- The Washington Times - Friday, July 14, 2006

Its membership included a future world champion, an American chess legend and some of the top British players of the first half of the 20th century, but the Vera Menchik Club was one club no player ever wanted to join.

Menchik, born in Moscow 100 years ago this year, was the first female chess star and the women’s world champion from 1927 until her untimely death during the London Blitz in 1944. Menchik’s father was Czech and her mother British, and she spent the bulk of the career in London.

The Menchik Club was the tongue-in-cheek name for the fraternity of male chess masters defeated by Menchik over the board during her career. The story goes that Austrian master Albert Becker came up with the “club” idea while ridiculing the decision to allow Menchik to play in a strong 1929 Carlsbad tournament. Menchik finished last but beat Becker in this individual game, making him the club’s first inductee.

Many others would follow: Dutch great Max Euwe (twice), who would go on to win the world championship in 1935; American legend Sammy Reshevsky; and British stars such as Frederick Yates, George Thomas, Henry Golombek and Sultan Khan.

Menchik studied under German great Jacques Mieses — also a member of the club — and possessed a solid positional style and a real talent for the endgame. She also was capable of flashes of tactical lightning, as she showed in a game from her 1937 women’s world title match against her great rival, Germany’s Sonja Graf-Stevenson. (Stevenson would late emigrate to the United States and win the U.S. women’s title.)

When the center opens early, as happens in this QGD, even a small loss of time like Black’s 15. Bc3 Be7?! can have large consequences. Menchik keeps her powder dry until just the right moment before firing off a devastating tactical shot.

Thus: 19. Qh3 h5 20. Rad1! (White may have taken a long look here at 20. Bxg6!? fxg6 21. Qd3, since 21…Kxg7?? 22. Nxe6+ wins at once; but Black stays in the contest after 21…Bd6! 22. Qxg6+ Qg7 23. Qxg7+ Kxg7 24. Nxe6+ Kf7 25. Nxf8 Bxf8, when her active pieces make up for the material deficit) Ng4, leading to today’s diagrammed position.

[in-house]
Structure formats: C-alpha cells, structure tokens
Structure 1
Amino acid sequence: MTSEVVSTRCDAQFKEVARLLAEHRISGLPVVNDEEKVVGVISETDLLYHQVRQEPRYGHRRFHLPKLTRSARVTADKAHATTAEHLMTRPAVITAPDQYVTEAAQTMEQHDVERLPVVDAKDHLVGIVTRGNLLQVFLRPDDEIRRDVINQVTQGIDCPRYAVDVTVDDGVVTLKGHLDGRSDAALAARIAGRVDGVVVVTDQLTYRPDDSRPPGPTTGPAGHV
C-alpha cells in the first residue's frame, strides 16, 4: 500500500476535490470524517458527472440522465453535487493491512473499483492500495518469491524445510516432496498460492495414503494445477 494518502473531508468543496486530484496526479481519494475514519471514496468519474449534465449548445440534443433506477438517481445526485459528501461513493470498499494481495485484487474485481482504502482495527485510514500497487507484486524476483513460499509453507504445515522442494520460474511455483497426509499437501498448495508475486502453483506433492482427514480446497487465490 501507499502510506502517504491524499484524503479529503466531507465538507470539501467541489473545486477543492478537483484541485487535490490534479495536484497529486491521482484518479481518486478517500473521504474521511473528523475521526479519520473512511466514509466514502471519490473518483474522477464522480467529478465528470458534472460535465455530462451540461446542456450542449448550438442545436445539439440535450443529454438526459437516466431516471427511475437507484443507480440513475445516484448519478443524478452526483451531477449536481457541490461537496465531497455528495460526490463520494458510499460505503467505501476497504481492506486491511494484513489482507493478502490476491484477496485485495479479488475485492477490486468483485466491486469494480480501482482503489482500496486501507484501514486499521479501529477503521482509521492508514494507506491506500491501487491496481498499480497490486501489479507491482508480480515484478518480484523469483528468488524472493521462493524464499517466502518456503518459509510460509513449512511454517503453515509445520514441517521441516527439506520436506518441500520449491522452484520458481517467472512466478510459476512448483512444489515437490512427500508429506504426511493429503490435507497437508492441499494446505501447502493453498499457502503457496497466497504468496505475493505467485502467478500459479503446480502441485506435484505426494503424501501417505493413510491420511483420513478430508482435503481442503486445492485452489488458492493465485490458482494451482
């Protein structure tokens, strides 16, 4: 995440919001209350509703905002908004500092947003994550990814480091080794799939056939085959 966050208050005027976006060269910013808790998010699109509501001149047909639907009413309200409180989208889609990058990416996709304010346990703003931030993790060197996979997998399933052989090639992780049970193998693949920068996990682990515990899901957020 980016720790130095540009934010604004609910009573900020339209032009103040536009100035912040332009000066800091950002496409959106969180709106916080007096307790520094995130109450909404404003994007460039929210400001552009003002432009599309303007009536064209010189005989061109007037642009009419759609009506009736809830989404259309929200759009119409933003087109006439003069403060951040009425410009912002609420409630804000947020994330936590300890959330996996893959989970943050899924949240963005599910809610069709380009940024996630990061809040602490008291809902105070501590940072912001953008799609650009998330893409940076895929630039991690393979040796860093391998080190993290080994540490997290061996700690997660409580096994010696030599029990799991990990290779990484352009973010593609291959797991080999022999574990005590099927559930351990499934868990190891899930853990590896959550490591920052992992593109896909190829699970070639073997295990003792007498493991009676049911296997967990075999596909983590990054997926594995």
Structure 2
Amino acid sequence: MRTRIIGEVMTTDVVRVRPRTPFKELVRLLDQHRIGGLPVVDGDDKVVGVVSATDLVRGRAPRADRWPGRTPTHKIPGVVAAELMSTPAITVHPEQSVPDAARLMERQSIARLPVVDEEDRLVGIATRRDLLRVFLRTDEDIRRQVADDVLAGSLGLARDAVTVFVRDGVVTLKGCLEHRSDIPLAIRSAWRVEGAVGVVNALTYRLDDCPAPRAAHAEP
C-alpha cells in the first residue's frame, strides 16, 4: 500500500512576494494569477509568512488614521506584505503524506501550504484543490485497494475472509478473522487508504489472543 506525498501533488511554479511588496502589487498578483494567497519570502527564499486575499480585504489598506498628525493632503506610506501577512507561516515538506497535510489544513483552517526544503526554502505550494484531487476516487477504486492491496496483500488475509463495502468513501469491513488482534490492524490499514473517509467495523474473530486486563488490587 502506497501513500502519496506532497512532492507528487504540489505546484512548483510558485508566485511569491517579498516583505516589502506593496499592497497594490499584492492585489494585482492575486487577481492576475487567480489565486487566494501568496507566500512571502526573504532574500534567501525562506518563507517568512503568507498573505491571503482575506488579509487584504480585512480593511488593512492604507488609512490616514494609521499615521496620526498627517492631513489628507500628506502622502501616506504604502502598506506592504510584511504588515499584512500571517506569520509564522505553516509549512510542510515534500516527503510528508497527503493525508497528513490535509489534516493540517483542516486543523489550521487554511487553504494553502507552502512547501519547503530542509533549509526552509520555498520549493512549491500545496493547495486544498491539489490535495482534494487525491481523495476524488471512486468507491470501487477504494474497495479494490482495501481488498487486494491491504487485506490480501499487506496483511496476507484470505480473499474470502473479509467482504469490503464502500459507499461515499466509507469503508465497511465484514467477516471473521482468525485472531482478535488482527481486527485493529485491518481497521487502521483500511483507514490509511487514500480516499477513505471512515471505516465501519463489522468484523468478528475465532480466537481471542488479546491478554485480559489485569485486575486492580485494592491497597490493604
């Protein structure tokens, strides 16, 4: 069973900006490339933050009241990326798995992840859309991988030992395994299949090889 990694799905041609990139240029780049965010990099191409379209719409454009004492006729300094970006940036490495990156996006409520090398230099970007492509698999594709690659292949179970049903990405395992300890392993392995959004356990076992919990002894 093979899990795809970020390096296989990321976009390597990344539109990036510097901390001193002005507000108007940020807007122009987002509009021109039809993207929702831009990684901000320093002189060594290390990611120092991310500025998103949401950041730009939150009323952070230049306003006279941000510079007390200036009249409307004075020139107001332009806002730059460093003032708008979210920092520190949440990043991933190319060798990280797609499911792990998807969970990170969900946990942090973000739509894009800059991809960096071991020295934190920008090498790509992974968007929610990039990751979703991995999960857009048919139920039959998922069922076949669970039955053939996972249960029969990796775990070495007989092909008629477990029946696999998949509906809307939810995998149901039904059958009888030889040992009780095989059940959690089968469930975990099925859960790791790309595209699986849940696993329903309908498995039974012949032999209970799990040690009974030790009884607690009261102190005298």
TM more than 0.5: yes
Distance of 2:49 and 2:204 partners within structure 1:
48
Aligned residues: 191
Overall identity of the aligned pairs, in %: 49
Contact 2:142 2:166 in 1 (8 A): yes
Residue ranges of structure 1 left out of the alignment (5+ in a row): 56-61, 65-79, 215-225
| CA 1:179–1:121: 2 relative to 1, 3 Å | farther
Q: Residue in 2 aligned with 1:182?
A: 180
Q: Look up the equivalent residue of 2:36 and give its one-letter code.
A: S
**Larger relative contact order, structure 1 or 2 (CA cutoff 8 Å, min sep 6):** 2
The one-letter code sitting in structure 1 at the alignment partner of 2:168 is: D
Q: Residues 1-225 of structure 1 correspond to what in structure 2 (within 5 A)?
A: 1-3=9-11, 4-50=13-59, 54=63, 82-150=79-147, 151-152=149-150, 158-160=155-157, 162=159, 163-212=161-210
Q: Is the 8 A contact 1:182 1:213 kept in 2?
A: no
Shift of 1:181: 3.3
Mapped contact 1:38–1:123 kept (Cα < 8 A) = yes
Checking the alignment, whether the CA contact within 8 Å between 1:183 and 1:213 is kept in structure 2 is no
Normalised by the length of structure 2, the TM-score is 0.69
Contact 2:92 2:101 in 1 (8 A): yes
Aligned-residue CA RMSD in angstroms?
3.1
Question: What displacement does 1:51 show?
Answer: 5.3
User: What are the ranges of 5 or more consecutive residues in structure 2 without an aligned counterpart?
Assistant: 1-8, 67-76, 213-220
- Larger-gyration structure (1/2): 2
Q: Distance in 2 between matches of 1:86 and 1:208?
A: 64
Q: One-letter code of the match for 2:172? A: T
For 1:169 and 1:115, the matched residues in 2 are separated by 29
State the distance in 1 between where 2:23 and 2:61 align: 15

Tougher for Graf might have been 20…Qxc4, but White has some beautiful variations on tap with 21. Rd4 Qxa2 22. Rd7! Ba6 (Nxd7 23. Qxh5! echoes the game) 23. Re1 Rac8 24. Rxe7 Rxc3 25. Qxc3 Nd5 26. Nxf7!! Nxc3 (Nxe7 27. Bb3! Qa5 28. Qh8+ Kxf7 29. Bxe6+ Ke8 30. Bf7+! Kd7 [Kxf7 31. Qh7 Kf6 32. Qxe7+ Kf5 33. Qxf8+] 31. Rd1+ Kc7 32. Qxf8, winning; while 26…Rxf7 loses to 27. Re8+ Rf8 28. Qg3! Qxb2 29. Qxg6+ Qg7 30. Qxe6+ Qf7 31. Rxf8+ Kxf8 32. Qh6+ Kg8 32. Re5 also is decisive) 27. Nh6+ Kh8 28. Bxg6 Nd5 29. Rh7 mate.

With her 20th move, Black banks on 21. Qxh5 Qxh2+! 22. Qxh2 Nxh2 23. Nxe6 Nxf1 24. Nxf8 Ne3 25. fxe3 Bxf8, and White’s extra pawn may not be enough to win. But Menchik finds a startlingly beautiful deflection with 21. Rd7!!, forcing instant resignation as 21. Qxd7 22. Qxh5! Nf6 (gxh5 23. Bh7 mate) 23. Bxg6 fxg6 24. Qxg6+ Kh8 Qh7 is mate.

• • •

Aside from the living room of Hungary’s Polgar family, the greatest concentration of female chess talent on the planet today is in China, which has produced three of the last four FIDE women’s champs: Xie Jun, Zhu Chen and current titleholder Xu Yuhua.

None of the Big Three took part in the just-completed Chinese women’s national championship in Wuxi, won by WGM Li Ruofan. Still, some quality chess was played in the event, as can be seen in the fine attacking game by WFM Hou Yifan in her win over master Ju Wenjun.

Try as she might, Ju as Black never succeeds in breaking White’s grip on the critical d5-square in this Najdorf Sicilian, and by 21. Ncxd5 Bxd5 22. Nxd5 Qc5 23. g4!, White has held serve and pursues her opening advantage with admirable alacrity.

As the White king-side pawns press forward, the power of open lines is seen in variations like 28…Bxf6 (instead of Ju’s 28…h6) 29. Qg4 b5 30. Nxf6+ gxf6 31. gxf7+ Kxf7 32. Rg3 Ke7 33. Qg8 d5 34. Rg7+ Kd6 35. Rxd5+ Kc7 36. Rgxd7+ Kb6 37. Qg1+ Rc5 38. R5d6 mate.

White’s 29. Qg4 Rf7 30. Qe6! paralyzes her opponent’s game, and Ju may have missed her last defensive hope after 32. Ne3!? (simpler was 32. Rdg1 g5 33. hxg5 hxg5 34. Rh1 and Black won’t survive long), when 32…Kf8! 33. Rdg1 (Rxg6 Qxe3 34. Rdg1 Qxg1+) d5 34. Qxd5 Qd4 35. Rxg6 Qxd5 36. exd5 Rb6 at least makes White work some more.

Instead, Hou invades decisively on 32…g5 33. hxg5 fxg5 34. Rh1 d5 (Bf6 35. Rxh6! Kxh6 36. Qxf7) 35. Qxe5+ Bf6 36. Qe8! Bxb2 (desperation, but no better was 36…Be7 37. Rxh6! Rxh6 38. Nf5+ Rxf5 39. Qxe7+ Kh8 [Rf7 40. Qxg5+ Kf8 41. Qd8 mate] 40. Qd8+ Kh7 41. Qc7+ Kh8 42. Qc8+ Kg7 43. Qxf5) 37. Rxg5+!, and the Black defensive wall collapses.

The finale: 37…Rg6 (hxg5 38. Qh8+ Kg6 39. Rh6 mate) 38. Nf5+ Kf6 (Rxf5 39. Rxg6+ Kh7 39. Rhxh6 mate) Qd8+ Ke5 (Ke6 40. Qd6 mate) 40. Qxd5+, and Black gives up as mate is a couple of moves away.

Women’s World Championship Match, Semmering, Austria 1937


1. c4e612. dxc5Qa5

2. Nc3d513. Be3Bxc5

3. d4Nf614. Bd2Qc7

4. Nf3Nbd715. Bc3Be7

5. e3c616. Qe2b6

6. Bd3Be717. Ng5g6

7. 0-00-018. Qf3Bb7

8. e4dxe419. Qh3h5

9. Nxe4Nxe420. Rad1Ng4

10. Bxe4Nf621. Rd7Black

11. Bc2c5resigns

Chinese Women’s Championship, Wuxi, China, July 2006


1. e4c521. Ncxd5Bxd5

2. Nf3d622. Nxd5Qc5

3. d4cxd423. g4Rd7

4. Nxd4Nf624. Rh3Rc6

5. Nc3a625. Kb1Bd8

6. Be2e526. g5Qa7

7. Nb3Be627. g6h6

8. f4Be728. f6fxg6

9. f5Bd729. Qg4Rf7

10. Bg5Bc630. Qe6gxf6

11. Bxf6Bxf631. Rg3Kg7

12. Bc40-032. Ne3g5

13. Bd5a533. hxg5fxg5

14. Nd2Qc734. Rh1d5

15. Nc4Rd835. Qxe5+Bf6

16. Qe2Na636. Qe8Bxb2

17. h4Nb437. Rxg5+Rg6

18. Ne3Qb638. Nf5+Kf6

19. 0-0-0Rac839. Qd8+Ke5

20. a3Nxd540. Qxd5+Black


David R. Sands can be reached at 202/636-3178 or by e-mail at [email protected]washington times.com.

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